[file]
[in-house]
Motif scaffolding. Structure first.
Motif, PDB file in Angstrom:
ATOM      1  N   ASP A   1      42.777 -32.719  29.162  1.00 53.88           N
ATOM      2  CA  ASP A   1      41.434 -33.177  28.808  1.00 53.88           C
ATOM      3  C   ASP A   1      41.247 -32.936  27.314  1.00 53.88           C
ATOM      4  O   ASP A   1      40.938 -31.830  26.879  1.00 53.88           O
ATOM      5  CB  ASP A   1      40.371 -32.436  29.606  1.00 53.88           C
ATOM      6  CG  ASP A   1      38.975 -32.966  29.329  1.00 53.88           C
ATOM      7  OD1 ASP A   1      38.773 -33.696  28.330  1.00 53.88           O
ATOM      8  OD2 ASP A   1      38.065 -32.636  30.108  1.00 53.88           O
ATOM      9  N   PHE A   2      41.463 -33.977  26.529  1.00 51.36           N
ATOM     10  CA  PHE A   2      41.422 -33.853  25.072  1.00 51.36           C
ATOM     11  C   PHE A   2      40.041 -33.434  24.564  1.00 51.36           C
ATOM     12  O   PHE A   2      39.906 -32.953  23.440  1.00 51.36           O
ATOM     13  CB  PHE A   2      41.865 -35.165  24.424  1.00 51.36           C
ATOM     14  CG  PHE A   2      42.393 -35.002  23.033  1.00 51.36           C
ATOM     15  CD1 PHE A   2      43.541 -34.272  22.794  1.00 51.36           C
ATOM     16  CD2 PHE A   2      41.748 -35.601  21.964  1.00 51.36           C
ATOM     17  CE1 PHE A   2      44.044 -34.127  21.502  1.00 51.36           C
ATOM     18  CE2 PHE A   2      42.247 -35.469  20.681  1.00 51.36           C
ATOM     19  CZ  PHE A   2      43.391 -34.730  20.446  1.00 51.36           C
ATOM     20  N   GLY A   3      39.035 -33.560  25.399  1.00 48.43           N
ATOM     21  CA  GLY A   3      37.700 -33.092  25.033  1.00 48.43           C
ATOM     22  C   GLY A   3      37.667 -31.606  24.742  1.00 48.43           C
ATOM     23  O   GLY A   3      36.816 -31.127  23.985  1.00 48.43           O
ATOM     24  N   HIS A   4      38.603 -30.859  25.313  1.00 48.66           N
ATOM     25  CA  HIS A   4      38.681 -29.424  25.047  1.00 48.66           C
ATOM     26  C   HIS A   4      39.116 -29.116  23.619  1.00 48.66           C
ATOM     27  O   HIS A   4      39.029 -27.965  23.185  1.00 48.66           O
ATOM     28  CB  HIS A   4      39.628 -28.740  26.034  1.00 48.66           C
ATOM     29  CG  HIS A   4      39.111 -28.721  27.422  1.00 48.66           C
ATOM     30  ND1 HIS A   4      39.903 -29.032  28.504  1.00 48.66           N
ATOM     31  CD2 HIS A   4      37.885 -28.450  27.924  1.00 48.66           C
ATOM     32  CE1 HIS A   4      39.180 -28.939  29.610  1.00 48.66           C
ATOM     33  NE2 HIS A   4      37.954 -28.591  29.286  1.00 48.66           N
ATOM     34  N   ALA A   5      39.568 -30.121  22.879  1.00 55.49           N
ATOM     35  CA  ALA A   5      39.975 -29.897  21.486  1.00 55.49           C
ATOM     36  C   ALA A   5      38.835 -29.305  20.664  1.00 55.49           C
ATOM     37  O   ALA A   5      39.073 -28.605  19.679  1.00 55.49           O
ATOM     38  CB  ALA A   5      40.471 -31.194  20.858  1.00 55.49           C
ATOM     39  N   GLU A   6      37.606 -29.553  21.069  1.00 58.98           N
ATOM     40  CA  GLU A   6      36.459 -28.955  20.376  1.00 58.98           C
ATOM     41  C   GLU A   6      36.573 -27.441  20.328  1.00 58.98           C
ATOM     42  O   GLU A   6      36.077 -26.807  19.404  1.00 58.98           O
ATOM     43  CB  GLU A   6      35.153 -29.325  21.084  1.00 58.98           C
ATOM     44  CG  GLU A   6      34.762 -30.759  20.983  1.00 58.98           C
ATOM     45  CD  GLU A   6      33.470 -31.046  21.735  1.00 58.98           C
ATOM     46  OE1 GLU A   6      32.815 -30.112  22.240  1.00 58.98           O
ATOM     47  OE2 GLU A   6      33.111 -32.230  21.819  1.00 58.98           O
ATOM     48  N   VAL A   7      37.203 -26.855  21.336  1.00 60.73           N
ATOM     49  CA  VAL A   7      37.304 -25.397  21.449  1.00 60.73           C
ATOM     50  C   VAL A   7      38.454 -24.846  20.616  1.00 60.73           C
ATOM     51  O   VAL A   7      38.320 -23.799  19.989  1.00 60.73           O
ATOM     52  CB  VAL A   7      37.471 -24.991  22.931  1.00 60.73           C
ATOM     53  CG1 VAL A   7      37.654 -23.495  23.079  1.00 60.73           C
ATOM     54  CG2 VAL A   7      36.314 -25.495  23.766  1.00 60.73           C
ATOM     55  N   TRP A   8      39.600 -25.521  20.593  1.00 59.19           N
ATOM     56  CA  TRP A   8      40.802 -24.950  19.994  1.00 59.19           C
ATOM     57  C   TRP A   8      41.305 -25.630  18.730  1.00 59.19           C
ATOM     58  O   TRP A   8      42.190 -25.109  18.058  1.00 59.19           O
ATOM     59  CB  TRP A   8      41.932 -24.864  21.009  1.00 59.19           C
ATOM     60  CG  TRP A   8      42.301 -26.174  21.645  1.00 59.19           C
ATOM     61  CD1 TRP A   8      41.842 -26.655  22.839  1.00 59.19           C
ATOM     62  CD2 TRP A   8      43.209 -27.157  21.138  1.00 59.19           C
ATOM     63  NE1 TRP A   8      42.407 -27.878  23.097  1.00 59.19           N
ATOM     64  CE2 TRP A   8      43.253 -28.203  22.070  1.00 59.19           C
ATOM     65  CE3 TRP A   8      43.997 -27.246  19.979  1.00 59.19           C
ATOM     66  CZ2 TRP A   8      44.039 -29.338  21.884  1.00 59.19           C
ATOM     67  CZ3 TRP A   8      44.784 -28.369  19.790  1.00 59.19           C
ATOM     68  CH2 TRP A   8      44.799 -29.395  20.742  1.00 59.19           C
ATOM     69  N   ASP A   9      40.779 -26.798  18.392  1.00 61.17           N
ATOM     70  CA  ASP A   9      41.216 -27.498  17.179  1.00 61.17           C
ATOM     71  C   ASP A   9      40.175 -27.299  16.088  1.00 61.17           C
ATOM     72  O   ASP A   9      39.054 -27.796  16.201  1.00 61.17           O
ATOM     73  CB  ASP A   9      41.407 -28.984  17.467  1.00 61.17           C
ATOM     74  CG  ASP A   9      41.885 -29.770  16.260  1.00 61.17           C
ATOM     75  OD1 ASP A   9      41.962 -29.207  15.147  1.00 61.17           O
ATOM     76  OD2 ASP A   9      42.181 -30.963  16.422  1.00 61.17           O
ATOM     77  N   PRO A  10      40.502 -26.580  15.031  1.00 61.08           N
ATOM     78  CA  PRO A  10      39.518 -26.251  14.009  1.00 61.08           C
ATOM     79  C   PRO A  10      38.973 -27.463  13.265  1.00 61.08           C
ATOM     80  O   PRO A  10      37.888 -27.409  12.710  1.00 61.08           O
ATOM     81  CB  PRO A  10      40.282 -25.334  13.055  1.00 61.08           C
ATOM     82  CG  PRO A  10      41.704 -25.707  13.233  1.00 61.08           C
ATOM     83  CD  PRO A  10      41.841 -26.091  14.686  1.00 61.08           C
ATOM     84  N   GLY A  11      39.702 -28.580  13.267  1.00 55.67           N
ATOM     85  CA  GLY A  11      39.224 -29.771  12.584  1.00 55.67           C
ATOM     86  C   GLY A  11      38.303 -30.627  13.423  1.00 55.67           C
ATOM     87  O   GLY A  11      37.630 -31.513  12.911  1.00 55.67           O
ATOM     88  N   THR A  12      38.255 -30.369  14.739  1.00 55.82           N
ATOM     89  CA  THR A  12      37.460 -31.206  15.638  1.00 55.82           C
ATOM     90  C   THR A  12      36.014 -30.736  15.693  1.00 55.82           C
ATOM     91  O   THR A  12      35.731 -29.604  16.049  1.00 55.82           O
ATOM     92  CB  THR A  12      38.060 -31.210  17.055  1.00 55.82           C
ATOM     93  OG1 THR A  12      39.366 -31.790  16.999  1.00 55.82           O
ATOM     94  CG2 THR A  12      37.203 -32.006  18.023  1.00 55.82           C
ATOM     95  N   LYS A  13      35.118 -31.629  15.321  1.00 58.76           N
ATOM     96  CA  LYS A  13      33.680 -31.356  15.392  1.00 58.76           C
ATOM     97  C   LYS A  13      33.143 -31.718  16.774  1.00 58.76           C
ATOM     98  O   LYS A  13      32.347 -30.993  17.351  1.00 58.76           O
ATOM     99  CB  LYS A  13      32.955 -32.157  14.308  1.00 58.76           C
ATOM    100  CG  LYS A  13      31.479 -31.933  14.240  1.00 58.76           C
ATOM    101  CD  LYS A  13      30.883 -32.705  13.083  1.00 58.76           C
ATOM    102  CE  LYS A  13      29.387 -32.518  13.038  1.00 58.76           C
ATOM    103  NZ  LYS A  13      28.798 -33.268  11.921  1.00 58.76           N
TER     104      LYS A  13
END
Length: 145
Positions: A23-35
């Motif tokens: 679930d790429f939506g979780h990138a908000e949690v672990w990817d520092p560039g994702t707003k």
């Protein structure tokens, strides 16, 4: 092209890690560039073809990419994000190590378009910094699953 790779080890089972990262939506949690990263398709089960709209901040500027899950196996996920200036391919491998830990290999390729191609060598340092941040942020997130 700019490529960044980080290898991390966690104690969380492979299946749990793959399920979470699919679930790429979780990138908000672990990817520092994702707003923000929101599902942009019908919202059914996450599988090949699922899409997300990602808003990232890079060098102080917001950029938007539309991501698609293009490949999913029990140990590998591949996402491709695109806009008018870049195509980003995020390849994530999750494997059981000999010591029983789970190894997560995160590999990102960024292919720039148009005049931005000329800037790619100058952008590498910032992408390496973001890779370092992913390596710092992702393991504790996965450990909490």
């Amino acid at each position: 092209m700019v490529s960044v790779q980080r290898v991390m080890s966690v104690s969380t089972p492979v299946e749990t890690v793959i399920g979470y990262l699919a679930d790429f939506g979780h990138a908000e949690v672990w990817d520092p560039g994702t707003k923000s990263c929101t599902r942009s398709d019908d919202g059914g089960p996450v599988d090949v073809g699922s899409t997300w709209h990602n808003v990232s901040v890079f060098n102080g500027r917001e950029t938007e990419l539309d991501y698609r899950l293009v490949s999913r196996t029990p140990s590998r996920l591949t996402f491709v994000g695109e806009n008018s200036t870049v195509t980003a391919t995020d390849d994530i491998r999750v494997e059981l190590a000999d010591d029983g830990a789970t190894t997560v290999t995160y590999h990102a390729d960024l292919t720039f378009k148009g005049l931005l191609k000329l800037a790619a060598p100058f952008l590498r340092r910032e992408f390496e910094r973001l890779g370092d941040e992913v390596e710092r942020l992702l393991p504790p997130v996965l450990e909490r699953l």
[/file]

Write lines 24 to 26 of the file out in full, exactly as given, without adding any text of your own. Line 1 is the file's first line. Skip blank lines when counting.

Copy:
ATOM     21  CA  GLY A   3      37.700 -33.092  25.033  1.00 48.43           C
ATOM     22  C   GLY A   3      37.667 -31.606  24.742  1.00 48.43           C
ATOM     23  O   GLY A   3      36.816 -31.127  23.985  1.00 48.43           O